in my understanding, intensity is not conceivable under a whole-parts relation, because the field in which it is produced is not a totalizable dimension, but rather constituted by what Simondon referred to as disparation, i.e. differential tensions or torsions of potentiality which individuation 'solves' without erasing. multiplicity is precisely a way of getting away from binaries like "whole/parts", or "One/many"....hence the differential constitution of the 'parts' or elements...

second comment: if you're looking for a more 'causal' approach, how would you understand the claim Deleuze bluntly makes in his Leibniz/Whitehead lectures that "a genesis is not causal" ?? (Seminar Transcripts, 10.03.1987; Transcripts may be found at

Mark202 said...

thanks for the link on Deleuze. I'll look into it.

I'll also write a blog on the whole-parts relation, as i feel the whole can be discussed in a practical manner, as long as it is not mentioned as a totalizing whole, but rather a whole that is produced as another part. this would make the whole another part.

Jared said...

Hi, Jared from Sportive Thoughts here. I would like to invite you to participate in the first ever--to my knowledge--"Deleuze Carnival." There is a nice little webring (or should I say rhizome) dealing with Deleuze's philosophy and French postmodernism in general, and I though it would be great to gather together some of our collective work in one place. I would be happy to include one of your posts in the Carnival. If you'd like to participate, there is a BlogCarnival widget on my blog. Hope to hear from you; and pass the word!

ps: more substantial comment on your post to come...

The Brooks Blog said...

I must say I'm a bit perplexed by this post. Of course, Deleuze is far from the first person to consider whole/part relations: the best earliest discussion is found with Aristotle and developed most notably by Kant, Hegel, and Bradley (particularly in his 'Appearance and Reality'). The best known (even if often criticizes) view on whole/part may be Quine's 'Word and Object' and I'd recommend you take a good look at this.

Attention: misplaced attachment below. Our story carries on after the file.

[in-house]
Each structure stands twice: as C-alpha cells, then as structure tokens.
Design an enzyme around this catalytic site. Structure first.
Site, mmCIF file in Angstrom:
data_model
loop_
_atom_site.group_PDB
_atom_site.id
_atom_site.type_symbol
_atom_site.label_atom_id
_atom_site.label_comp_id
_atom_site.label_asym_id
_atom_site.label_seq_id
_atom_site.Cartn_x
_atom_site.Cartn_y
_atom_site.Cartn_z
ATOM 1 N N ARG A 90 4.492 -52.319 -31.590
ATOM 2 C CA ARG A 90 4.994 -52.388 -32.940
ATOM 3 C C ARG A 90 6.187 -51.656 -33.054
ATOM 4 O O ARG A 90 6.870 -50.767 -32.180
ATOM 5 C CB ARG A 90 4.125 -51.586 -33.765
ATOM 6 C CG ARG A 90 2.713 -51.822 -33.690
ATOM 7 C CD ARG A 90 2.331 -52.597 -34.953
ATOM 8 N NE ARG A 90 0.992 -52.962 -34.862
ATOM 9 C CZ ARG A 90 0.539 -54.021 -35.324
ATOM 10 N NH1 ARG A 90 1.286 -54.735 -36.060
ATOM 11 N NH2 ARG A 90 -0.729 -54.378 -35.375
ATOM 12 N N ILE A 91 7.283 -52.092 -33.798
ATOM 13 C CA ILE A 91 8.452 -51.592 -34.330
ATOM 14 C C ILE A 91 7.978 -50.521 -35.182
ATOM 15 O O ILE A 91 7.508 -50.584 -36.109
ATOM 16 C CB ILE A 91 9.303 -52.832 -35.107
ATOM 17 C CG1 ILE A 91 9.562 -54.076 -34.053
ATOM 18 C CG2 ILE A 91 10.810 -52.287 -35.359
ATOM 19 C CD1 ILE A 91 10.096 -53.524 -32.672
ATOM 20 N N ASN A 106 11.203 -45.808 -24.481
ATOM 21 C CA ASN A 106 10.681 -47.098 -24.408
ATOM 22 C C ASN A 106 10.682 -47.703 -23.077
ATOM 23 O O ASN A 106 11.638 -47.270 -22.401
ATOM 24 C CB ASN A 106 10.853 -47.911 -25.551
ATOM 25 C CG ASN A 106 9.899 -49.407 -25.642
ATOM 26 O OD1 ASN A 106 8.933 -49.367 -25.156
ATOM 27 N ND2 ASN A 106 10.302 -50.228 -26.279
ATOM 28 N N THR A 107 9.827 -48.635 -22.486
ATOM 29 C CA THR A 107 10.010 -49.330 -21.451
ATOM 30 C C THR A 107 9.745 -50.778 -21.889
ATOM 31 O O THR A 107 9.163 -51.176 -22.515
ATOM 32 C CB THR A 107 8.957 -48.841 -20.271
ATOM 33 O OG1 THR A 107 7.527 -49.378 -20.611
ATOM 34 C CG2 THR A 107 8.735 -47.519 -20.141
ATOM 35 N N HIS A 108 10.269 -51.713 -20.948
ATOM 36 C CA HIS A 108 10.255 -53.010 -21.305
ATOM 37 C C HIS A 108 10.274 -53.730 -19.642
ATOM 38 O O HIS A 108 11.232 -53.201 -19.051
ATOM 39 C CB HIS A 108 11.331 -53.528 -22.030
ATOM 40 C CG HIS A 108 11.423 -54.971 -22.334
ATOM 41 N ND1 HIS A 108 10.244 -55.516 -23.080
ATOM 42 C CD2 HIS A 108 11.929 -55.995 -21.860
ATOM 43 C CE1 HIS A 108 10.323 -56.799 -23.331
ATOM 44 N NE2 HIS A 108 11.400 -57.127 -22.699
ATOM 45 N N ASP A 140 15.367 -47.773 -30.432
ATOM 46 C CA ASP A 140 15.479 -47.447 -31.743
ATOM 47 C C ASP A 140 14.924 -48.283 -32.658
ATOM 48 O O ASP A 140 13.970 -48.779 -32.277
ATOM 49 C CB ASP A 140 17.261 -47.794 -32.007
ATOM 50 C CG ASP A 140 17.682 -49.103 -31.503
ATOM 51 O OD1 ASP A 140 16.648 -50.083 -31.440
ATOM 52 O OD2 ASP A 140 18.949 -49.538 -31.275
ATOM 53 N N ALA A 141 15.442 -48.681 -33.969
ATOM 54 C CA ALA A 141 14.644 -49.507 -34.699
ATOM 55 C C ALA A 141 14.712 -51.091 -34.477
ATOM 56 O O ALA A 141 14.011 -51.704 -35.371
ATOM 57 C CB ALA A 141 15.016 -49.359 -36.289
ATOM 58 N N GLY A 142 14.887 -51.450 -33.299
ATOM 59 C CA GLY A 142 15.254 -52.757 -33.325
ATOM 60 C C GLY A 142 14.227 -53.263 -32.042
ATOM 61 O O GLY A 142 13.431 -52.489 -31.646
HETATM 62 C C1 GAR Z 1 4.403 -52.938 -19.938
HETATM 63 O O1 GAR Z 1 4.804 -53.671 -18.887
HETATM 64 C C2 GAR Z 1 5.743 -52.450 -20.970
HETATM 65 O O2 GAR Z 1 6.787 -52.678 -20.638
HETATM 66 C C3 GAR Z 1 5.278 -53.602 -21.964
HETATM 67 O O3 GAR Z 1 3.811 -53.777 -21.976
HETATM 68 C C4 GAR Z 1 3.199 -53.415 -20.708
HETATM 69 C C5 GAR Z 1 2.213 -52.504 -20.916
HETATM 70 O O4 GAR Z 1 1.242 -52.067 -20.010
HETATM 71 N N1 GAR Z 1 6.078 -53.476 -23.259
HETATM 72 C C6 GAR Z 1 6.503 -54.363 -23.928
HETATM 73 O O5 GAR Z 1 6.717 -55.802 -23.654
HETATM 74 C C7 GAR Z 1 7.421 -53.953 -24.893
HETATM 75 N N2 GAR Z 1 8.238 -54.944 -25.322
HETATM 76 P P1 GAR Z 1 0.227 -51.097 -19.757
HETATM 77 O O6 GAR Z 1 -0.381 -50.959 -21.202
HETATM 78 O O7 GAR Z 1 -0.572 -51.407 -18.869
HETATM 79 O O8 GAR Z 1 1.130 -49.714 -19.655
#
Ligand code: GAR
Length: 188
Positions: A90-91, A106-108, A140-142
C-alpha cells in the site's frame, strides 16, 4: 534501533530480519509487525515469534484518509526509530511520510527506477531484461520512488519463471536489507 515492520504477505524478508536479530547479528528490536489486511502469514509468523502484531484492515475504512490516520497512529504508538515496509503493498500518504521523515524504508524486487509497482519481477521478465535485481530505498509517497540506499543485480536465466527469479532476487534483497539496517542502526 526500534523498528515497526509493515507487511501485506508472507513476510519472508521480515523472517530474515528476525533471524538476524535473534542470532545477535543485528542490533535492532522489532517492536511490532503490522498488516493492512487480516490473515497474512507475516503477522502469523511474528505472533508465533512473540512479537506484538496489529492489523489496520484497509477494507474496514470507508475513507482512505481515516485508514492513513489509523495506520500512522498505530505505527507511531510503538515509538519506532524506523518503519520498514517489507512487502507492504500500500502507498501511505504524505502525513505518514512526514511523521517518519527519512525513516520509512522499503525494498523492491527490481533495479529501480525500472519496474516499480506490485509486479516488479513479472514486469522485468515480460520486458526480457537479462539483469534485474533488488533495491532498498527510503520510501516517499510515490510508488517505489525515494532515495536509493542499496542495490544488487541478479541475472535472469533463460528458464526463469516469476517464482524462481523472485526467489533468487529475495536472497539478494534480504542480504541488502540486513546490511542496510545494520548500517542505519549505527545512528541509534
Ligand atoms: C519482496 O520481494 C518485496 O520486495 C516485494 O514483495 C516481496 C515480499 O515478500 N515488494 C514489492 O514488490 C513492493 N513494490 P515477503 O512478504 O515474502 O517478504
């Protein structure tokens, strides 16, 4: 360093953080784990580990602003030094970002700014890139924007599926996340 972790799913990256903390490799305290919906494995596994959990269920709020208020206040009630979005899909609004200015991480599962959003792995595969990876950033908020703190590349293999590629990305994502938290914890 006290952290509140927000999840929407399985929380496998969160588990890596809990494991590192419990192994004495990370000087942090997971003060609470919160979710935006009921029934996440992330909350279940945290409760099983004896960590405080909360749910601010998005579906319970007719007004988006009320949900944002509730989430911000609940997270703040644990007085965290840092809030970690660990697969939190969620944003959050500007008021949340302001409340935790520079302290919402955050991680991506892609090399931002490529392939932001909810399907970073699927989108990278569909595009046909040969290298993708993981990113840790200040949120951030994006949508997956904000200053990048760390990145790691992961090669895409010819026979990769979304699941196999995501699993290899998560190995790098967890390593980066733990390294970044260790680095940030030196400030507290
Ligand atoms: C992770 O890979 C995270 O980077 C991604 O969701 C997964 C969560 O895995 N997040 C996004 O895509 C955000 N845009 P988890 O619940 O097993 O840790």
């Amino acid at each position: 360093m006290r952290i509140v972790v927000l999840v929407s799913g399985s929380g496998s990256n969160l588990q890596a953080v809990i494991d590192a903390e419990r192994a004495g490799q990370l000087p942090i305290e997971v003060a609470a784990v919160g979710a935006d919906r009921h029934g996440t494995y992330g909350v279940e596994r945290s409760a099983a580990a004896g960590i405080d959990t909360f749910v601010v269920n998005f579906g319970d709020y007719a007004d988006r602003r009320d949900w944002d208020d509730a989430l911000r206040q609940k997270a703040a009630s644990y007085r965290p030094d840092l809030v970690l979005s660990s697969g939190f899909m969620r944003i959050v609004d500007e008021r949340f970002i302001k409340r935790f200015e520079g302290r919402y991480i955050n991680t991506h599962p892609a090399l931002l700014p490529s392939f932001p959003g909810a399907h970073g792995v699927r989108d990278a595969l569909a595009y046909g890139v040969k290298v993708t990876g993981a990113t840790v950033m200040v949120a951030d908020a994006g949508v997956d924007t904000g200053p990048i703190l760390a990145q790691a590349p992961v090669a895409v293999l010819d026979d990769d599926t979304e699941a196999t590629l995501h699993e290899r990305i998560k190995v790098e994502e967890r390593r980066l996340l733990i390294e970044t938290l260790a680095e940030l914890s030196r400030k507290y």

More specifically, I fail to see how understanding 'becoming' rather than 'linguistic usage' helps us *better* identify a boat.

For example (and to put it very crudely), both would recognize the same objects designed for the same functions as boats. Surely, the 'becoming' person who recognizes the processes that went into creating a boat isn't directly answering the question. That is, if the question is --as you state it-- 'what is a boat?' there is no necessary link with giving a long story about *how to create a boat* that is not entirely relevant to answering the question at hand. A good analogy is the question 'what is a human being (as in how do I know a human being when I see one)?' To know what a human being is it is seems at least not directly relevant (if not entirely irrelevant) to give some long story about sexual reproduction. This talk confuses what a thing is with other elements.

Instead, it seems your real claim is that a more robust understanding of objects beyond language/linguistic usage is important. However, if (following Hegel, Heidegger, and many others) we believe thinking and language are connected, then it's not clear how we break free from language. Even the Romantics (who praised direct experience) were best known for their poetry.